Notes From The Downs
Last month my work took me to Seven Sisters Country Park to learn more about the different habitats there: vegitative shingle, chalk grassland, woodland, maritime cliffs, salt marsh, saline lagoon and more!
Seven Sisters Country Park is one of the newest additions to the South Downs National Park and in the last year, with the focus on management for nature, rangers in the park have seen a marked increase in the variety of wildlife present in the landscape there, including some very rare visitors such as the short eared owl.
As we walked along the trail that takes in all of the wonderful habitats I mentioned above, including sweeping vistas out to sea, we could not help but notice the plethora of life around us: kestrels, darters, butterflies, beetles and reptiles!
We were in quite a large group as we walked along the path chatting and pointing out wildlife spots to each other when out of the grass, to our sheer joy, there slithered a tiny baby adder just making her way from one side of the path to the other. It is so rare to see an adder out in the open that we all just had to stop and say hello.
The little adder was very brave and she continued to make her way across the path, stopping only occasionally to give us a warning not to get any closer, until she was safely on the other side. Whilst we were all in awe of her beauty, we were of course respectful of her space and kept our distance hence the zoomed in fuzzy phone photo of our encounter, which I offer you below.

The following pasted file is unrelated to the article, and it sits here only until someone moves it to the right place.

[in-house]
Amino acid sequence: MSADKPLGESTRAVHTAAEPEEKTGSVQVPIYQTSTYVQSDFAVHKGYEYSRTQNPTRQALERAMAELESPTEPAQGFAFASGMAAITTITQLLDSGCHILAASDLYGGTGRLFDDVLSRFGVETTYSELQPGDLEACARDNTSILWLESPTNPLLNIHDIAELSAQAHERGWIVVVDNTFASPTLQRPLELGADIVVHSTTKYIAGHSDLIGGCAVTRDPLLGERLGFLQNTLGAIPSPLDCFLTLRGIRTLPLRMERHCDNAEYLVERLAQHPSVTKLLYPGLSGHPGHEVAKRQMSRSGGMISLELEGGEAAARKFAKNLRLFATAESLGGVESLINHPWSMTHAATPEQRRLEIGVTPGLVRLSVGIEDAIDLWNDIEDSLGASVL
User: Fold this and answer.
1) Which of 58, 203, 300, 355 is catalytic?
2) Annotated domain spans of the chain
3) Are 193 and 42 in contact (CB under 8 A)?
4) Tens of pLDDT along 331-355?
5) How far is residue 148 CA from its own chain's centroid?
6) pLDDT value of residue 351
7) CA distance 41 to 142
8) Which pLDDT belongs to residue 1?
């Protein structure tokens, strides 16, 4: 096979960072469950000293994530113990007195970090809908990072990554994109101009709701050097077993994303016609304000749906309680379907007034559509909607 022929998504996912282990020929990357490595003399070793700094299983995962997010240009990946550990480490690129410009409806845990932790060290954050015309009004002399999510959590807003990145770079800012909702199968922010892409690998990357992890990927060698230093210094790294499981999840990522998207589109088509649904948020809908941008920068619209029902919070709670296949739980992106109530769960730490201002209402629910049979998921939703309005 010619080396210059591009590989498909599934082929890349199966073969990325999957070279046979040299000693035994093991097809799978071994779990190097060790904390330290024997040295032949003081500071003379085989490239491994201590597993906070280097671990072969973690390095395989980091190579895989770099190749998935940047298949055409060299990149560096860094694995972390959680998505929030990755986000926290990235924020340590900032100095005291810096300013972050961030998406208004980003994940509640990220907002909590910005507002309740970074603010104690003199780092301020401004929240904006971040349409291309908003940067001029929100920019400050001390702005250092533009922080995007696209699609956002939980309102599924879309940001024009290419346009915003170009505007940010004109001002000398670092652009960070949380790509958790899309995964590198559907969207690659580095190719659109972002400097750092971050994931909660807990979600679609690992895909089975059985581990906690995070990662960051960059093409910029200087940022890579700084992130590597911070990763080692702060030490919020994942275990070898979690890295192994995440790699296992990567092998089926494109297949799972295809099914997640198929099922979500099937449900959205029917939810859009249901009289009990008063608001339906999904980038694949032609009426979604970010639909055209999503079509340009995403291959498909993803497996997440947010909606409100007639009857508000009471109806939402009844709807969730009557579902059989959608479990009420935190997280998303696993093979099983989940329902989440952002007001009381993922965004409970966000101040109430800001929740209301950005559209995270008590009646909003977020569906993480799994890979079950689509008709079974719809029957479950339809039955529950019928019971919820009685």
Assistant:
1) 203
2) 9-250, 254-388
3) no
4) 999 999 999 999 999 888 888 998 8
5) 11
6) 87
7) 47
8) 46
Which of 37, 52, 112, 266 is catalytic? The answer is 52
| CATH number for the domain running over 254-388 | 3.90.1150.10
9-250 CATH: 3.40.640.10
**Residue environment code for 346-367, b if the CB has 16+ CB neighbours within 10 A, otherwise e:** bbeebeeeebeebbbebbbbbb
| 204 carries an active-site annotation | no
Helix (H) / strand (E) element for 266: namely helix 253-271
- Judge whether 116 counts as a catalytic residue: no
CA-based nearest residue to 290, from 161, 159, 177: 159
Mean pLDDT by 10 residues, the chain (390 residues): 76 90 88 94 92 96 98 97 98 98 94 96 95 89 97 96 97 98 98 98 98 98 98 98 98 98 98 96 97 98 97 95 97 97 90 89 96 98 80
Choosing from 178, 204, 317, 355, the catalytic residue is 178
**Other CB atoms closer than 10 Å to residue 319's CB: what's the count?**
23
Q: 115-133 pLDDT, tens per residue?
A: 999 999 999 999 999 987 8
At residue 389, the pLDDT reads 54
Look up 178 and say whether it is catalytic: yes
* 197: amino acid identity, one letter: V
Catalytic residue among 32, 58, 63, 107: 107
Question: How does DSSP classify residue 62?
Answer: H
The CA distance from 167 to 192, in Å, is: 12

Adders are most active in the spring and summer and they are the UK’s only venomous snake, although it is extremely rare for anyone to be bitten by one as they sense the vibrations caused by your footsteps and hide pretty swiftly if you happen upon one.
Despite being fairly widespread and easily identifiable with their ‘zigzag’ markings, adders are very secretive and so often go unseen. They are not aggressive but if they feel threatened or cornered, they may bite in self-defence. Since 1981, adders have been a protected species.
The famous Selborne naturalist, Gilbert White, observed that the adder emerged from hibernation in March. This observation was also recorded by Rev. J. E. Kelsald, in his book The Reptiles Of Hampshire & The Isle Of Wight. In it he notes …
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